California Educator

October/November 2019

Issue link:

Contents of this Issue


Page 46 of 67

children, all Mexican except for one Anglo boy off in a corner. The teacher handed out coloring books and pencils. Day after day, the class was coloring, cutting out pictures, doing a little bit of very easy addition and subtraction and recess. The children ranged in age from 7 to 13 but were in the same classroom together all day. A year later, Arturo was still in the same room. Other children on the playground both shunned and teased him and his classmates, calling them "retard" and "tonto." The children in the class complained to their parents, but the parents did not know what they could do. The idea of mounting a legal challenge was completely foreign to the Soledad labor camp parents. They had no understanding of the justice system, did not know any attorneys or have the ability to afford them. But in mid-1969, California Rural Legal Assistance (CRLA) attorneys Marty Glick and Mo Jourdane became counsel for the Sole- dad children — and eventually came to represent them and thousands of other children in a class action lawsuit. The lawsuit, known as Diana v. State Board of Education, challenged the use of English-only and culturally biased IQ tests to justify the placement and retention of the Mexican American chil- dren in classes for the mentally retarded. The battle raged for a decade. CRLA eventually won a consent decree that allowed non- Anglo children to choose the language in which they would respond on IQ tests. It banned verbal sections of the test. It also required state psychologists to develop an IQ test appropriate for non-English-speaking students. T h e S ol e d a d C hi l d ren (Arte Público Press) is available on Amazon. "Many parts of the test asked about things Arturo did not understand, such as 'Who was Genghis Khan?' and 'Why is it better to pay bills by check than cash?'" 45 O C T O B E R / N O V E M B E R 2 019 Kristen Walker M.A. in Educational Leadership (805) 493-3325 Financial Aid and Scholarships Available • Preliminary Administrative Services Credential • M.A. in Educational Leadership • M.Ed. in Teacher Leadership • Doctorate in Educational Leadership (K-12 or Higher Ed) DON'T JUST ADVANCE YOUR CAREER AS AN EDUCATOR. ADVANCE EDUCATION.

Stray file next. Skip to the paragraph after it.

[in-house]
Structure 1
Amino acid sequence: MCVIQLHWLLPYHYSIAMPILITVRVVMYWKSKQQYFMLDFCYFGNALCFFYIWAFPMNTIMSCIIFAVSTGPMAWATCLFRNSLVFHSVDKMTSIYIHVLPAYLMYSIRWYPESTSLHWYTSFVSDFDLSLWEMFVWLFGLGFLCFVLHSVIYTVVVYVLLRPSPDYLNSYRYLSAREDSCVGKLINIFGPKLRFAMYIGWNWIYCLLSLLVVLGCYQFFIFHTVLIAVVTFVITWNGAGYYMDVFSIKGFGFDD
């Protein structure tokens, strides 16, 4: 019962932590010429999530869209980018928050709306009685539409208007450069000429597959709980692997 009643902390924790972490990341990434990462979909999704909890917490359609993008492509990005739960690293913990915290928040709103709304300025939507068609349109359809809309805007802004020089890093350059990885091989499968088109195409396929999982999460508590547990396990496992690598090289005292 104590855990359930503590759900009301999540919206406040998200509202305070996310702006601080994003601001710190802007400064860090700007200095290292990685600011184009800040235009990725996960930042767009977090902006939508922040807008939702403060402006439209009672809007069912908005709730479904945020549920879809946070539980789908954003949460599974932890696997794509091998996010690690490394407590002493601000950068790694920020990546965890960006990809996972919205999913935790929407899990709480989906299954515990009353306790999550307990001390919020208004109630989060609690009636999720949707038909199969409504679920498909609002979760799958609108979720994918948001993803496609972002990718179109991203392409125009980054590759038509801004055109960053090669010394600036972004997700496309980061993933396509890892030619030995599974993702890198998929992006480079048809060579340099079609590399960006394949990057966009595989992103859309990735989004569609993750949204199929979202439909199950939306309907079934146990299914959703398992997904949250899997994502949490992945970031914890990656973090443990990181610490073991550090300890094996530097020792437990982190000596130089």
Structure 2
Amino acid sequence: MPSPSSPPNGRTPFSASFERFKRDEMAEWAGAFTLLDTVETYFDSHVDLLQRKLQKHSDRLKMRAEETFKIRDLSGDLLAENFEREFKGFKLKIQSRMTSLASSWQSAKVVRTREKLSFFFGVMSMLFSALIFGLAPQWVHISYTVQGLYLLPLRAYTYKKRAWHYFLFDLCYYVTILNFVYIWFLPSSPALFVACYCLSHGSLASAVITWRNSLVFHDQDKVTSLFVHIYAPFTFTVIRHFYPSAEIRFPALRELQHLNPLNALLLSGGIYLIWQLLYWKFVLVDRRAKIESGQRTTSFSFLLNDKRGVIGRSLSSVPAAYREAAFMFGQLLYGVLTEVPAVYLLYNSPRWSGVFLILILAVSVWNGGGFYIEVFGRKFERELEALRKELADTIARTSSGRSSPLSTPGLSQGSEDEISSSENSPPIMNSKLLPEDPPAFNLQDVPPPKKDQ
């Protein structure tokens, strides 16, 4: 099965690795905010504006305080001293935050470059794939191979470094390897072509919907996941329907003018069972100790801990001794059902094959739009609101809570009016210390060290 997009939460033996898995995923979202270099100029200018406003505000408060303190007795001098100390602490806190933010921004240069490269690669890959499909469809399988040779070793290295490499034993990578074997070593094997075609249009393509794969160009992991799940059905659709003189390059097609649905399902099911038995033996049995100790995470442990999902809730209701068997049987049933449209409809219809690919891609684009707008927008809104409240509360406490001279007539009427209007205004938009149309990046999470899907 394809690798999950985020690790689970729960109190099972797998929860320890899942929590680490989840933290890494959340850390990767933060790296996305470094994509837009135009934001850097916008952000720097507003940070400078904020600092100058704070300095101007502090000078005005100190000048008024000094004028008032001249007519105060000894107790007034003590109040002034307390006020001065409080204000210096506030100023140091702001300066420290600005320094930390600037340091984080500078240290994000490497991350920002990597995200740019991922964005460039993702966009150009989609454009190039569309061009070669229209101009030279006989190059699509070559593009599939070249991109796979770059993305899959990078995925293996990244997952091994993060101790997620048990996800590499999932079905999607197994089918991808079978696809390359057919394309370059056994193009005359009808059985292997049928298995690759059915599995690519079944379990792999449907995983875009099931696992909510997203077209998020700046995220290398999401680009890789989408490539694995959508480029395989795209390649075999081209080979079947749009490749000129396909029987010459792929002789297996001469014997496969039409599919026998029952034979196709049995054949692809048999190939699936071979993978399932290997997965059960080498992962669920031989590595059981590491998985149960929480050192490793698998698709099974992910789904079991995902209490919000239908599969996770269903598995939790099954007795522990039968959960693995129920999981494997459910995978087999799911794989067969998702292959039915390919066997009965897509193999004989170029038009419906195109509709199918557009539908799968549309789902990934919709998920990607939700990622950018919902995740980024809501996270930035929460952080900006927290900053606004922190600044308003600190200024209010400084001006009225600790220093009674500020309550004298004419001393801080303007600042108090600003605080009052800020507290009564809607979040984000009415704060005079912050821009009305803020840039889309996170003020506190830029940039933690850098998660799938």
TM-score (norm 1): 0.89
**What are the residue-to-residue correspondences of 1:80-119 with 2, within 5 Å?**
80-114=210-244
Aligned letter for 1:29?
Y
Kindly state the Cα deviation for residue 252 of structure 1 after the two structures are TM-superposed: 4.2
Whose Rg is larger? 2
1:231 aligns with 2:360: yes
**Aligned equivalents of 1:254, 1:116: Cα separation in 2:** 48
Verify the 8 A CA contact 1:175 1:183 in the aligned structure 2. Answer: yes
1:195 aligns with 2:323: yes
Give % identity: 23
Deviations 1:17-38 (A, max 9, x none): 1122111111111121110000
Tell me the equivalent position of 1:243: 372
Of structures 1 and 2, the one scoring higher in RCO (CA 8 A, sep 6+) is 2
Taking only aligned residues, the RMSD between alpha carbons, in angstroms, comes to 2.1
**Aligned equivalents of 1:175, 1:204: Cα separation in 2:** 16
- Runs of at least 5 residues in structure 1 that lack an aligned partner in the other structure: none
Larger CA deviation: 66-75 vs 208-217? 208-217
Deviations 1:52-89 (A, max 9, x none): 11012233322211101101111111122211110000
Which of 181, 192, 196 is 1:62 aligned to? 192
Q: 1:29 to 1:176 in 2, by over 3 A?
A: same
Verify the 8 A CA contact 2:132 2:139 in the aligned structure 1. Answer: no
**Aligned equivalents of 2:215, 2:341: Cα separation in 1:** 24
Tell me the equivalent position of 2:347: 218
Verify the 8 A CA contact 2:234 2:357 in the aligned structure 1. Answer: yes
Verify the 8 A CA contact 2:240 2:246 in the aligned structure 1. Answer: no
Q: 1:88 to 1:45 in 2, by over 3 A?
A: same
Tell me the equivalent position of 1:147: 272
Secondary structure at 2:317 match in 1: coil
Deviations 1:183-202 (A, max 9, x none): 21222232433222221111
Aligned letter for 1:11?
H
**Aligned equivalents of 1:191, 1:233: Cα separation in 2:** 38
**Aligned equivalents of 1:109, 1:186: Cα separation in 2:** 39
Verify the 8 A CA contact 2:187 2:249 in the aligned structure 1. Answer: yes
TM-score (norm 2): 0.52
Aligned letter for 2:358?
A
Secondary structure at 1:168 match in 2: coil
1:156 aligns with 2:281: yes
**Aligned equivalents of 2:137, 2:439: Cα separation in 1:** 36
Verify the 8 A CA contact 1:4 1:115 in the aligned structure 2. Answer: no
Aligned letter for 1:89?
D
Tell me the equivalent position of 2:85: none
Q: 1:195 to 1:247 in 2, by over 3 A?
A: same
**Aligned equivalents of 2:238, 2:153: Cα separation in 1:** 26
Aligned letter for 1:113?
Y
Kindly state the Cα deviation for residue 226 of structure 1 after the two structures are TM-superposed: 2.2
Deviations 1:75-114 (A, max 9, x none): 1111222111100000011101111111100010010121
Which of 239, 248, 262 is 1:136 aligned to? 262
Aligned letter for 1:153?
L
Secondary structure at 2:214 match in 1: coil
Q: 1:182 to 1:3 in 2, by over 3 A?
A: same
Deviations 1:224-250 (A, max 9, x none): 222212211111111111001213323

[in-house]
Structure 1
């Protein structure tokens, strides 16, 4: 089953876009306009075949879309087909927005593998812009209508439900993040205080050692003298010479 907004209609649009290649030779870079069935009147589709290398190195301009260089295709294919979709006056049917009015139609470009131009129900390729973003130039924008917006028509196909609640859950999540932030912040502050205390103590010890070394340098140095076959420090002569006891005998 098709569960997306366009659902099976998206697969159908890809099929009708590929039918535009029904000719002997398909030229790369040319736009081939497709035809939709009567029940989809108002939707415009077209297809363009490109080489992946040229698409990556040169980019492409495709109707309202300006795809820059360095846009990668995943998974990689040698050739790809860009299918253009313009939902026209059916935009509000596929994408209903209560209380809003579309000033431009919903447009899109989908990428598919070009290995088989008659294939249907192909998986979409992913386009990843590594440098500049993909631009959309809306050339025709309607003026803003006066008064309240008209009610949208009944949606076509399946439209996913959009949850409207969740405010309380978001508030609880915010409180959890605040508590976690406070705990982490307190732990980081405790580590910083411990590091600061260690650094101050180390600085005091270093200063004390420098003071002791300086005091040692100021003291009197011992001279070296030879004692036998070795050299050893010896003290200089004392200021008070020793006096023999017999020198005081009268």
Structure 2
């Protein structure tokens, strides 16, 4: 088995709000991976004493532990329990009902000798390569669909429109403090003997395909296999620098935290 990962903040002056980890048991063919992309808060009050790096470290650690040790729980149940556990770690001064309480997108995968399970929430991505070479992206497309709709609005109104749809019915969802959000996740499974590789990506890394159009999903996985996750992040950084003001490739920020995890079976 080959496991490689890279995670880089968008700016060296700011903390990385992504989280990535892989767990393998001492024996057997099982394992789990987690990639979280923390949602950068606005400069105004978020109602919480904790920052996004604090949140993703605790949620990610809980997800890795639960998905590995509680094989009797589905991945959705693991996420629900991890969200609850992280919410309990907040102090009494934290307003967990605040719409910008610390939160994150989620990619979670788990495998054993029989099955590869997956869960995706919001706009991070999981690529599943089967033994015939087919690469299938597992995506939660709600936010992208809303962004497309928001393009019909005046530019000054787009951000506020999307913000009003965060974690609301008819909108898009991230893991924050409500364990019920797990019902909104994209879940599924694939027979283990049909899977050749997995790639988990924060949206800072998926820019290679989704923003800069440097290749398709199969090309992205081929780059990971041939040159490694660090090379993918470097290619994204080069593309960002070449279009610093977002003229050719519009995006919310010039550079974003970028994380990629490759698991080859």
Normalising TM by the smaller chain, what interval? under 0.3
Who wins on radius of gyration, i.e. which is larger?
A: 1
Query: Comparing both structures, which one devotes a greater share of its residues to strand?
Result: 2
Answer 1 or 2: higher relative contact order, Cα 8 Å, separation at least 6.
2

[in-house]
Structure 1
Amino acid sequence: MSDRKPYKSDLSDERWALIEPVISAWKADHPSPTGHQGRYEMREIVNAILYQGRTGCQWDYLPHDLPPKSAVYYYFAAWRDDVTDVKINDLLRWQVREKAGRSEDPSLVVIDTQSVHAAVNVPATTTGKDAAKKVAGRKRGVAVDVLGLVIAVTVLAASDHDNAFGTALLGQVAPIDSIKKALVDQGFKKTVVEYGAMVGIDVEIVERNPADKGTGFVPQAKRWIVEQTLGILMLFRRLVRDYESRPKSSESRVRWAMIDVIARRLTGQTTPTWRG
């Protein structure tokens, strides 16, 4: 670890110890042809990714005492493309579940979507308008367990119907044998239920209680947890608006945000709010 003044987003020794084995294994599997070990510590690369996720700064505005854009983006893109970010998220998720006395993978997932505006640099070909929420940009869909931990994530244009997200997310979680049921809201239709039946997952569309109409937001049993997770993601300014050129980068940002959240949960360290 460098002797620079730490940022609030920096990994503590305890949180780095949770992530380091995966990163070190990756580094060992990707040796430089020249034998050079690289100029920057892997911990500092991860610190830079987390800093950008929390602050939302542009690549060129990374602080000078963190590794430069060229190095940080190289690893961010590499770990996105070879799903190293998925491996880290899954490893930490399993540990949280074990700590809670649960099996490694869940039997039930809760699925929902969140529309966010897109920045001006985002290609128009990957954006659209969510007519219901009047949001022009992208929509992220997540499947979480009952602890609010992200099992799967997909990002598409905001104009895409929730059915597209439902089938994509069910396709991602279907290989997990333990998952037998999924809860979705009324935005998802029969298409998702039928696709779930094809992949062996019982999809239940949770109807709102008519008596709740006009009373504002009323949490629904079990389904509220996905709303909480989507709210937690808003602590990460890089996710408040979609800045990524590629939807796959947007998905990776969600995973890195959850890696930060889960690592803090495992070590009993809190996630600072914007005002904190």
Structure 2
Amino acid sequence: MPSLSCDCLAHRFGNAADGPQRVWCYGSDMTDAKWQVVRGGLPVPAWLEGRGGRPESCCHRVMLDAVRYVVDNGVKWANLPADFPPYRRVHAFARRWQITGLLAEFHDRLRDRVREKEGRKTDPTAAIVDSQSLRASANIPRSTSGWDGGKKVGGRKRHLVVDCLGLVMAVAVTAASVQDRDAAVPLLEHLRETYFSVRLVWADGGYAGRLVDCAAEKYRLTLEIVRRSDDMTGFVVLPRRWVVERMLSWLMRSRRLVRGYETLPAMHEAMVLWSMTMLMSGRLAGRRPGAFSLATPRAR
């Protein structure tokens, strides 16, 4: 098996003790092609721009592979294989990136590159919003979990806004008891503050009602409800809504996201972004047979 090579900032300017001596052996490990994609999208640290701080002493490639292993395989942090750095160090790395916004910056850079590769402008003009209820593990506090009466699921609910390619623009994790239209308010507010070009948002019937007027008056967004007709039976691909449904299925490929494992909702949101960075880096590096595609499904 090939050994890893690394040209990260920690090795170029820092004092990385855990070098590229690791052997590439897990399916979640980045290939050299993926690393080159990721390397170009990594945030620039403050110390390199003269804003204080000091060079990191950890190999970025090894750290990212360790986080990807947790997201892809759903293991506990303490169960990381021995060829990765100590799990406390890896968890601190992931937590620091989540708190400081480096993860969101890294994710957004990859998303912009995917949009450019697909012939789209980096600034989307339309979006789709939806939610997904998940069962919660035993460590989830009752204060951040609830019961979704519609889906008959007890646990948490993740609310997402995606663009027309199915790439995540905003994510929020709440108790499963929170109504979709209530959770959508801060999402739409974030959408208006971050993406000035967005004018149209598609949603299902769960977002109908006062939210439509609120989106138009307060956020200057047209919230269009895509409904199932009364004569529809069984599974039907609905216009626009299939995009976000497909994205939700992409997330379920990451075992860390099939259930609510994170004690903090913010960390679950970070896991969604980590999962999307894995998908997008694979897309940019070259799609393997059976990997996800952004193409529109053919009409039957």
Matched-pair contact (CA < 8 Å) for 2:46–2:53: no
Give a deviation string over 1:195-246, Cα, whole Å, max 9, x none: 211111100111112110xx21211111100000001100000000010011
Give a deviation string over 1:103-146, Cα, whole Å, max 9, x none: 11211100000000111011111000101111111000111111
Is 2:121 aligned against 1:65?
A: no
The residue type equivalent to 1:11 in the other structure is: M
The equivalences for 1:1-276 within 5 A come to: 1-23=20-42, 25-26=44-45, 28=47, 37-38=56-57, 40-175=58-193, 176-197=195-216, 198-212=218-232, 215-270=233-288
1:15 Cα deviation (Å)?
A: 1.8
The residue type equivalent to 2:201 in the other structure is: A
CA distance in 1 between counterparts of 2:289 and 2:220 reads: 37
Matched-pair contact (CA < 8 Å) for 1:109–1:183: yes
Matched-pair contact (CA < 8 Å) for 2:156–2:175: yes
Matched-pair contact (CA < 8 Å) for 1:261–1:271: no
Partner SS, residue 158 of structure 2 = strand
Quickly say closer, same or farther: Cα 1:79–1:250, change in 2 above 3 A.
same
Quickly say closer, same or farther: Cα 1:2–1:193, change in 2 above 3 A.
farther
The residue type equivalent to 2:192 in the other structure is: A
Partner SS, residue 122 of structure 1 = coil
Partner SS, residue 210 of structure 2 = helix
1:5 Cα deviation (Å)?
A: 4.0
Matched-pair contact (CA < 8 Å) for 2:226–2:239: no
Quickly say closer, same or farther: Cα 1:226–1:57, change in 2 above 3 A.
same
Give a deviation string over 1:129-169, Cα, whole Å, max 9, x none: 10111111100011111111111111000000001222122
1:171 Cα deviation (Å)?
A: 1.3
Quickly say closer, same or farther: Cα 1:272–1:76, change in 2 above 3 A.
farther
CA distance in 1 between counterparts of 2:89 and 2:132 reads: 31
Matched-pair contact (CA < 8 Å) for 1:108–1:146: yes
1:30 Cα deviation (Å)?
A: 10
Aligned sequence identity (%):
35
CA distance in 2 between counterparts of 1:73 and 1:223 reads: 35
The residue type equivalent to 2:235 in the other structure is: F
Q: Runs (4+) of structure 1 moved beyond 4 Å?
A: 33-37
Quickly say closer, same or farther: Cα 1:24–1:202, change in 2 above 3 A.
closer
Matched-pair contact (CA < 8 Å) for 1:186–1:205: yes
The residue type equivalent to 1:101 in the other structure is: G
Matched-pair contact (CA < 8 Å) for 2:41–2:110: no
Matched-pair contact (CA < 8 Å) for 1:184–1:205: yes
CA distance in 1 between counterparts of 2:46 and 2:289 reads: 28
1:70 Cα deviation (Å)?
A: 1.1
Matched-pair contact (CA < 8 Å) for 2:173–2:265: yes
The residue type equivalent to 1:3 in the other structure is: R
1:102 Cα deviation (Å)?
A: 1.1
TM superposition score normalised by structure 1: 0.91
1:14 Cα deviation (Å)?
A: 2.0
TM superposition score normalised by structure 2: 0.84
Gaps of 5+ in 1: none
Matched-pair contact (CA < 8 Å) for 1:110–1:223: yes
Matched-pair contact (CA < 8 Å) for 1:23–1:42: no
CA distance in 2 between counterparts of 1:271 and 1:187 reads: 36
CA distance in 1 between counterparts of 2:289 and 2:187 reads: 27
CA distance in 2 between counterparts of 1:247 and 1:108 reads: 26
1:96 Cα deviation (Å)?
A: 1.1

Articles in this issue

Links on this page

Archives of this issue

view archives of California Educator - October/November 2019